Welcoming the Holy Father

In a few short weeks, Pope Francis will land at Joint Base Andrews across the Potomac River and begin his Apostolic Visit to the United States. Given that this will be the first visit of a Pope to the United States since 2008 and that this will be the first time Pope Francis has set foot in this country in his 78 years, there is much about which to be excited. In order to give him a hospitable welcome, many practical preparations are underway: Altars are being built for the Masses he will celebrate; traffic routes are being laid out; and multimedia campaigns are being launched to cover his travels and speeches. However, my dear brothers and sisters, the most important preparation that we can undertake is to ready our hearts to receive his message.

The term "apostle" means "one who is sent." Therefore, an "apostolic journey" signals that the Holy Spirit is sending the Pope to us. Throughout salvation history, the Lord sent messengers to His people, from the patriarchs to the prophets to His own Beloved Son. The Lord knows that we are in need of the Holy Father's message: "Love is Our Mission." While the communication of a message requires prayerful preparation by the person delivering it, it also necessitates an openness, humility and willingness to listen on the part of those who will receive it.

Since the announcement of Pope Francis' visit, it has been hard to miss the newspaper headlines, tweets and television commentary speculating about what topics the Holy Father might address while he is here. When examined closely, it becomes clear that much of this commentary is based upon a misunderstanding of the papacy, as if the office is akin to a political appointment or as if the Holy Father were a spokesperson for a cause. The recent publication of a poll about Pope Francis' popularity suggests as much, as if his words gain or lose merit against the backdrop of popular opinion.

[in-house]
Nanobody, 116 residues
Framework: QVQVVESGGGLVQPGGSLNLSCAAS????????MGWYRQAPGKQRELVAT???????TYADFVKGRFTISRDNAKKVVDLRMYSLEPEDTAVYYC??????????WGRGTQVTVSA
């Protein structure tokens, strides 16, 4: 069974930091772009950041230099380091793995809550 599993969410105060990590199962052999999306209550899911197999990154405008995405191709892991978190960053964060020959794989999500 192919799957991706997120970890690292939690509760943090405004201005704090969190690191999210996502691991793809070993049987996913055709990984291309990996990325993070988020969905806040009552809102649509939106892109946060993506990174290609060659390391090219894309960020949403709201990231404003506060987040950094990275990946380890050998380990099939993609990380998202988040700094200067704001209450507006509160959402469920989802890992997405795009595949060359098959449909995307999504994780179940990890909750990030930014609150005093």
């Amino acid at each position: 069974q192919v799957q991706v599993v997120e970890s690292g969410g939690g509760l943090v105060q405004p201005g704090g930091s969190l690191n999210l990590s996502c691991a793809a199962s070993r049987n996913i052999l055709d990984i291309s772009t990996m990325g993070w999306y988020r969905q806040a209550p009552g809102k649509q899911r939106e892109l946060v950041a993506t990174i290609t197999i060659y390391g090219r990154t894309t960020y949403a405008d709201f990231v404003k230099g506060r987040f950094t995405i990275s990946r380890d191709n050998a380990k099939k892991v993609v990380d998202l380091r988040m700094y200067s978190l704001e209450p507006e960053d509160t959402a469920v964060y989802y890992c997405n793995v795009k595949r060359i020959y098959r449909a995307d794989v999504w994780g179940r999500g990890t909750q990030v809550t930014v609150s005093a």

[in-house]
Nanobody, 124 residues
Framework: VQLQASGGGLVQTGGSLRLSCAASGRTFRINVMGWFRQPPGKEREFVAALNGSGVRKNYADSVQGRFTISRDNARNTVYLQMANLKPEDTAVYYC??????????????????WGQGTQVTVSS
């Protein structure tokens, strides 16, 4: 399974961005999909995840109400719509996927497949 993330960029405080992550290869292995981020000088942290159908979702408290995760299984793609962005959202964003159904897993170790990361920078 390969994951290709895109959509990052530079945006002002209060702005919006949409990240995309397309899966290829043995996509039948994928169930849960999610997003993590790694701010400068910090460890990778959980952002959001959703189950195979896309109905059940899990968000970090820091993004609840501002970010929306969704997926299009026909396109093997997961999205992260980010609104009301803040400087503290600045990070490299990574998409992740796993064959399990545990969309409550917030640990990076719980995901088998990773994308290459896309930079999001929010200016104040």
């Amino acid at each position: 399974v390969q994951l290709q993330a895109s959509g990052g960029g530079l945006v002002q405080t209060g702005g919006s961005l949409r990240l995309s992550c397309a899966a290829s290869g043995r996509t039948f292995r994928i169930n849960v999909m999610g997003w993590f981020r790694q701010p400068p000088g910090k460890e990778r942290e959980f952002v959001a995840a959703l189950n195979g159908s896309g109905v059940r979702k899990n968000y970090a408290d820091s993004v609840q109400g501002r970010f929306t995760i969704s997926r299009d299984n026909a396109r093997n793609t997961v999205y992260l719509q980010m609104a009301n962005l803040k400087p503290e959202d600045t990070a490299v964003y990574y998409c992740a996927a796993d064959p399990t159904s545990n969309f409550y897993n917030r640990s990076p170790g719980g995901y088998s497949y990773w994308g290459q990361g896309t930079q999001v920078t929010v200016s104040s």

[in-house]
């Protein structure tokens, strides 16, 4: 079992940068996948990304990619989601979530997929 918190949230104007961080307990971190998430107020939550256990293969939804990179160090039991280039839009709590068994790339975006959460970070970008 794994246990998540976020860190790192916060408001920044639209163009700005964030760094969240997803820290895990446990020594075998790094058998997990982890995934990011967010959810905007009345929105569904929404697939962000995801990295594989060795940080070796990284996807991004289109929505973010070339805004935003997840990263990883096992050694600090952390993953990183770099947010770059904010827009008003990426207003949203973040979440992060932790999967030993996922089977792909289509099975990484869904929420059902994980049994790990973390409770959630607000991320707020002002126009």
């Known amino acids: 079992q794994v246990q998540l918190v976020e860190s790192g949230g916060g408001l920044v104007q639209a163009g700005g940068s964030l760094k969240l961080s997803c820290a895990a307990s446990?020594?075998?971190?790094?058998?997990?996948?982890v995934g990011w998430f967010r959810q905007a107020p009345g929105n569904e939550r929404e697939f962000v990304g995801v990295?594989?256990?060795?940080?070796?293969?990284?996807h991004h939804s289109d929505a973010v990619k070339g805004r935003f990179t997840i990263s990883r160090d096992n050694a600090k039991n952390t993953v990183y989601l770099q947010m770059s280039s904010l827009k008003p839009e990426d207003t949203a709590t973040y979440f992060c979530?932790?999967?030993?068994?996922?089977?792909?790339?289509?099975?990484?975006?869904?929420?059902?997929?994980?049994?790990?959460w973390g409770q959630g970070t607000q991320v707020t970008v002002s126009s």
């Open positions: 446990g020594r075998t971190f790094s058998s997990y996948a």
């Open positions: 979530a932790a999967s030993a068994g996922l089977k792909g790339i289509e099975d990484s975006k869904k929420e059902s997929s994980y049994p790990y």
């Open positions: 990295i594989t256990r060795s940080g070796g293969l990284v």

Furthermore, it is evident that many people, both Catholic and non-Catholic, are reading the Holy Father's words and actions through ideological and political lenses. Many are hoping that Pope Francis will speak to our political questions, economic dilemmas, public policy disputes and culture wars. He may very well address these topics on his trip; his visits to other countries suggest he wants to address concrete situations. But selective listening carries with it the risk of missing the actual message.

As Christians, we know that the Gospel is too expansive for ideological and political categories, and they are often at odds with its fullness. Ideologies are reductive, and Catholicism will never find its home in them. As Pope Francis has stated, "In ideologies there is not Jesus: [H]is tenderness, His love, His meekness ... When a Christian becomes a disciple of ideology, he has lost the faith: he is no longer a disciple of Jesus, he is a disciple of an attitude of thought …" (Homily, Oct. 17, 2013).

Unlike notable worldly offices or positions, the Pope's authority does not come from any earthly power. His message is Christ's message, which may or not be in sync with popular opinion. In fact, we heard last Sunday in Saint John's Gospel that people confronted Jesus about His teachings: "These sayings are hard. Who can accept them?" (Jn 6:60) The Pope speaks from the "rock-solid" faith of Peter, upon which the Church is built. This is a faith with teachings that at times comfort us but at other times challenge us. The Pope's message will be one in which we are challenged to embrace the Good News in its fullness.

Dear friends, I call you brothers and sisters in Christ Jesus because we have one Heavenly Father. And the Lord, in turn, has sent us a Holy Father as a sign and symbol of that unity. During this Apostolic Visit, I encourage you to listen to the Holy Father with an open heart. As the Prophet Isaiah says, we must "incline our ear" toward the Holy Father, letting go of the idea that he will conform his message to our hopes and expectations. Will his message be challenging? Yes. Will it be better than expected and just what we need? Without a doubt.

In these coming weeks as we anticipate Pope Francis' visit to the United States, let us prepare our hearts to welcome him as a father, ready to listen to him with childlike attentiveness as to how we can be missionaries of love. There is no better way to prepare our hearts to listen than to pray daily: "O God the Holy Spirit, guide and strengthen Pope Francis to be the sign and source of unity within the Church and incline our hearts to listen with the obedience of faith."

Follow Bishop Loverde on Twitter @Bishop_Loverde.

© Arlington Catholic Herald 2015